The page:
aaPrice <- rep(1, 10) names(aaPrice) <- names(aaExpRet)
This price vector looks like:
> aaPrice XA101 XA103 XA105 XA107 XA108 XA111 XA113 XA115 1 1 1 1 1 1 1 1 XA120 XA126 1 1
Part two of the trick is to say how much “money” to put as the gross value of the portfolio. This could be anything, but a convenient quantity is 10,000. This will give us weights to the nearest basis point.
> aaGross <- 10000 + c(-.5, .5) > aaGross  9999.5 10000.5
We’ve created a length two vector that describes a range with exactly one integer in it. We’ll use this as the allowable range for the gross value of the portfolio. Since the optimizer trades integer amounts, the sum of the units in the portfolio will sum to that integer.
Optimization: information ratio with weight constraints
We’re now ready to do an optimization. The only constraint that we impose besides the gross value and being long-only is that no asset has a weight bigger than 20%.
aaMaxInfoWt <- trade.optimizer(aaPrice, variance=aaVar, expected.return=aaExpRet, gross=aaGross, long.only=TRUE, max.weight=.2)
We are not specifying what utility to use, so it will use the default which is to maximize the information ratio.
Optimization: mean-variance utility with weight constraints
If we are using a mean-variance utility, we need to decide what risk aversion to use.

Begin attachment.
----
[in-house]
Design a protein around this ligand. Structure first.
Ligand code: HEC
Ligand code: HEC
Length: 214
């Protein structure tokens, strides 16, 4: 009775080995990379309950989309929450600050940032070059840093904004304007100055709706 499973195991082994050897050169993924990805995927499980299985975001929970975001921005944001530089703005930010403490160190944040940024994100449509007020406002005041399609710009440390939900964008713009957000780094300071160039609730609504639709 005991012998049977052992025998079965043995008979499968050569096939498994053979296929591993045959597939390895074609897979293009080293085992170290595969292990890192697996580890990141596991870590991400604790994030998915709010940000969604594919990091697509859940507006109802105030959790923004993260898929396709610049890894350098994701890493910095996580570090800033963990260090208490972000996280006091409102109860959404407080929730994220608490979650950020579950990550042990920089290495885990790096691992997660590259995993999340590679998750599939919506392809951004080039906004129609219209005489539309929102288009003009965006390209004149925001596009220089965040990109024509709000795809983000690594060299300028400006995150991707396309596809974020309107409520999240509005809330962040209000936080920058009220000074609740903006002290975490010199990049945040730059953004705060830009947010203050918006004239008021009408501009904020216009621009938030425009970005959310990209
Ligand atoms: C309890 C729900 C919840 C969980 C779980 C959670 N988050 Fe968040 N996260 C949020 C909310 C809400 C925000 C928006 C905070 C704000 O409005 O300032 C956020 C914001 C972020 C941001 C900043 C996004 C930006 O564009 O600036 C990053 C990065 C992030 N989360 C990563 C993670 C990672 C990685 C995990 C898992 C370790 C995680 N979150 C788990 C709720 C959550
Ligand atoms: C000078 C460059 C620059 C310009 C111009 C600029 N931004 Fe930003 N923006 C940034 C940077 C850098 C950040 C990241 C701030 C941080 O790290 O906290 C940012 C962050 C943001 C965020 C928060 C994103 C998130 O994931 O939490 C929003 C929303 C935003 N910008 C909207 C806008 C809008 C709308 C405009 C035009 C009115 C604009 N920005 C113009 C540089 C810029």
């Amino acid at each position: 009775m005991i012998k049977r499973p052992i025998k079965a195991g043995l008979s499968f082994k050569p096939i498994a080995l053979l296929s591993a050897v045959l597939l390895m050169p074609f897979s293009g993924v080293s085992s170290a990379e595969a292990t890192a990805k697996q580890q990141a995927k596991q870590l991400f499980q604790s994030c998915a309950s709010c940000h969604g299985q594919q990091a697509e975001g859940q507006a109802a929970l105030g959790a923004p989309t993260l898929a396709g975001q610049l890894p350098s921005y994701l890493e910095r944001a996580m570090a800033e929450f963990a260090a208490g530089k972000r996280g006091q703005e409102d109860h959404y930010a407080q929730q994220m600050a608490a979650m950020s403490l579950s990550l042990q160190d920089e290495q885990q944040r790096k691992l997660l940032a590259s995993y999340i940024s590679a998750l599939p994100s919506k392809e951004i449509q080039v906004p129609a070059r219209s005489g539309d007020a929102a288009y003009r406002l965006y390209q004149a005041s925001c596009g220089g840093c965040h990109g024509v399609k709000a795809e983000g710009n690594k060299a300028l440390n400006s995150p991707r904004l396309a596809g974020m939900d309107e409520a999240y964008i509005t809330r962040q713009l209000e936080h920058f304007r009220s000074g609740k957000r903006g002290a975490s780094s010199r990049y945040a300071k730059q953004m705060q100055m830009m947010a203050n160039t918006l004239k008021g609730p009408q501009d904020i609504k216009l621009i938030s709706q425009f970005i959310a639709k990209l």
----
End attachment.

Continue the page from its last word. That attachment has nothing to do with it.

aaMeanVarWt <- trade.optimizer(aaPrice, variance=aaVar, expected.return=aaExpRet, gross=aaGross, long.only=TRUE, max.weight=.2, utility="mean-variance", risk.aversion=4)
We’ve added two arguments to the previous optimization. We use the
utility argument to state the form of utility to use, and we use the
risk.aversion argument to state the risk aversion that we want to use.
Note that the form of the utility is: expected return minus risk aversion times variance. Some have a one-half in the last term.
Optimization: information ratio with risk fraction constraints
In this case we switch to a constraint that is probably better.
aaMaxInfoRf <- trade.optimizer(aaPrice, variance=aaVar, expected.return=aaExpRet, gross=aaGross, long.only=TRUE, risk.fraction=.2)
This is just like the first optimization except that we say “risk.fraction” instead of “max.weight”.
The resulting (first) object is printed like: